By the end of the month, residents are going to see an additional charge more for postage services.

In a couple weeks, residents will be charged more for postage stamps; various mail increases are being implemented Jan. 27.

In October the Governors of the Postal Service filed a proposal before the Postal Regulatory Commission (PRC) for review of the Postal Service’s planned rate adjustments for both market-dominant products and competitive products. The PRC, an independent federal agency, provides regulatory oversight over the U.S. Postal Service.

In mid-November the PRC OK'd the price hike. Forever stamps will soon require an added nickel apiece — boosting the cost of a book of 20 stamps by another dollar, to $11 — while metered letters will go up three cents each, from 47 cents to 50 cents.

However, all changes in pricing aren't increases.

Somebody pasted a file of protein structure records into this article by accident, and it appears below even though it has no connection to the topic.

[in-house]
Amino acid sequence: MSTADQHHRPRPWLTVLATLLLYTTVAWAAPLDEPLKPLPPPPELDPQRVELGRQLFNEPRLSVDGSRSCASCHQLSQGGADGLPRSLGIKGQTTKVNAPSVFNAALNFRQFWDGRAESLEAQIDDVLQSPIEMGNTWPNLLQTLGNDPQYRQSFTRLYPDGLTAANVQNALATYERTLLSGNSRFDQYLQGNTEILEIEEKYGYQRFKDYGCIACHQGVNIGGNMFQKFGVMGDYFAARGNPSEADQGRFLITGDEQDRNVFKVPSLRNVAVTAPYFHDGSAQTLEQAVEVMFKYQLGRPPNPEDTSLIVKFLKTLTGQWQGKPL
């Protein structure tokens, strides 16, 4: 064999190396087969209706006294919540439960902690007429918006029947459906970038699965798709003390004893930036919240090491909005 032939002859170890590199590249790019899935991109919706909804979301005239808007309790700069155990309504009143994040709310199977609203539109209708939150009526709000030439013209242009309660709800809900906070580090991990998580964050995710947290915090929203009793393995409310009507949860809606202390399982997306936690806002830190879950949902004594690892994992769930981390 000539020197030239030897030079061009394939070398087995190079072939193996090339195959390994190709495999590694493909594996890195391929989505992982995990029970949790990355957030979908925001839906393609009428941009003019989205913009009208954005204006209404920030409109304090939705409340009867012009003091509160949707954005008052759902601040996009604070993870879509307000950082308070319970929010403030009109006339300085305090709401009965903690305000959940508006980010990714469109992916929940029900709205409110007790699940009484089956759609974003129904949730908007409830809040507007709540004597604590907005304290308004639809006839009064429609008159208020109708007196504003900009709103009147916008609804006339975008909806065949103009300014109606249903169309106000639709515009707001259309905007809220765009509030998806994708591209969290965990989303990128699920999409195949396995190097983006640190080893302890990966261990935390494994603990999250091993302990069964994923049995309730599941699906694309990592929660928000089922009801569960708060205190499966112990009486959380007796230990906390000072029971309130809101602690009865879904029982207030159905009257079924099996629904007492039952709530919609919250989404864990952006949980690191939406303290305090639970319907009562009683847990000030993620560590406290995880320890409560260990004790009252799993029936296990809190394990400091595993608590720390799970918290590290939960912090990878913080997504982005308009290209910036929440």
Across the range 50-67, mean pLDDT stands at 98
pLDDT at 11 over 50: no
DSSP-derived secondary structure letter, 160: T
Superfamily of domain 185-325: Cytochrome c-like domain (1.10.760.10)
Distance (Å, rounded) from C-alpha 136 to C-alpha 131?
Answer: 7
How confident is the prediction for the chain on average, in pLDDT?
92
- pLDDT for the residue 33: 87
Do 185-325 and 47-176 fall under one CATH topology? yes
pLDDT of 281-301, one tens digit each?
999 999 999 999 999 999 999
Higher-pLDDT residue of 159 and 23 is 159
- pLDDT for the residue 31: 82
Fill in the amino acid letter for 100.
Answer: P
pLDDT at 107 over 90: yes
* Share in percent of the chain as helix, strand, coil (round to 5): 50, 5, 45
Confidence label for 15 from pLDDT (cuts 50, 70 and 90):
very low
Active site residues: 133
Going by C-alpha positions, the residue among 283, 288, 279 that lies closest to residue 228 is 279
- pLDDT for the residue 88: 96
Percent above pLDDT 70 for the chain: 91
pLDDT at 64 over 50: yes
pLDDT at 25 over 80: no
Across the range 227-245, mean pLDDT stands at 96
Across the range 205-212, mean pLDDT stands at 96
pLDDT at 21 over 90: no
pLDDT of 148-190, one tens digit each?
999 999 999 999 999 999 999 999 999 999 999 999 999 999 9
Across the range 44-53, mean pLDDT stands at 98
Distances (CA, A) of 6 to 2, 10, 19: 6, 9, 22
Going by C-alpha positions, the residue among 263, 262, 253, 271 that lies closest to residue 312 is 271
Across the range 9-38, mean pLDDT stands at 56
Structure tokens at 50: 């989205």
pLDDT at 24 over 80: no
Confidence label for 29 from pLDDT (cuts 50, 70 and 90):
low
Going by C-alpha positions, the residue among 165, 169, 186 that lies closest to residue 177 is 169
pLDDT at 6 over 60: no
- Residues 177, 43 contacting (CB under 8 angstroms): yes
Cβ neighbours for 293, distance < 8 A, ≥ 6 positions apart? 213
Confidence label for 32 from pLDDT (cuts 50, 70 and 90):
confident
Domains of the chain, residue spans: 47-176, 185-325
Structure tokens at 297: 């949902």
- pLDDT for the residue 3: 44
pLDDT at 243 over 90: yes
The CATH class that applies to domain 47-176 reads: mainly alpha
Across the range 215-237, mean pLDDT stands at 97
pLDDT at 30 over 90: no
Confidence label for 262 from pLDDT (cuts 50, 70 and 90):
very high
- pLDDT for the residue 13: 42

“The single-piece additional ounce price will be reduced to 15 cents — from 21 cents — so a 2-ounce stamped letter, such as a typical wedding invitation, will cost less to mail, decreasing from 71 cents to 70 cents,” according to the PRC.

The current cost is 50 cents plus the 21-cent extra ounce, bringing the price to 71 cents; under the new pricing, the 55-cent initial cost, plus an additional ounce at 15 cents, would equal 70 cents total.

Overall, the adjustments raise mailing services product prices about 2.5 percent.

Shipping services price increases vary, depending on the product. For example, Priority mail express is set to increase 3.9 percent and Priority mail will increase 5.9 percent. Although Mailing Services price increases are based on the Consumer Price Index (CPI), Shipping services prices are primarily adjusted according to market conditions.

Rate rules

Rate increases for market-dominant products are required to meet certain statutory and regulatory requirements. For instance, increases can't be more than the rate of inflation, as determined by the Consumer Price Index for All Urban Consumers and the Postal Accountability and Enhancement Act requires, among other things, that rates for competitive products have to produce sufficient revenues to ensure they are not subsidized by market-dominant products.

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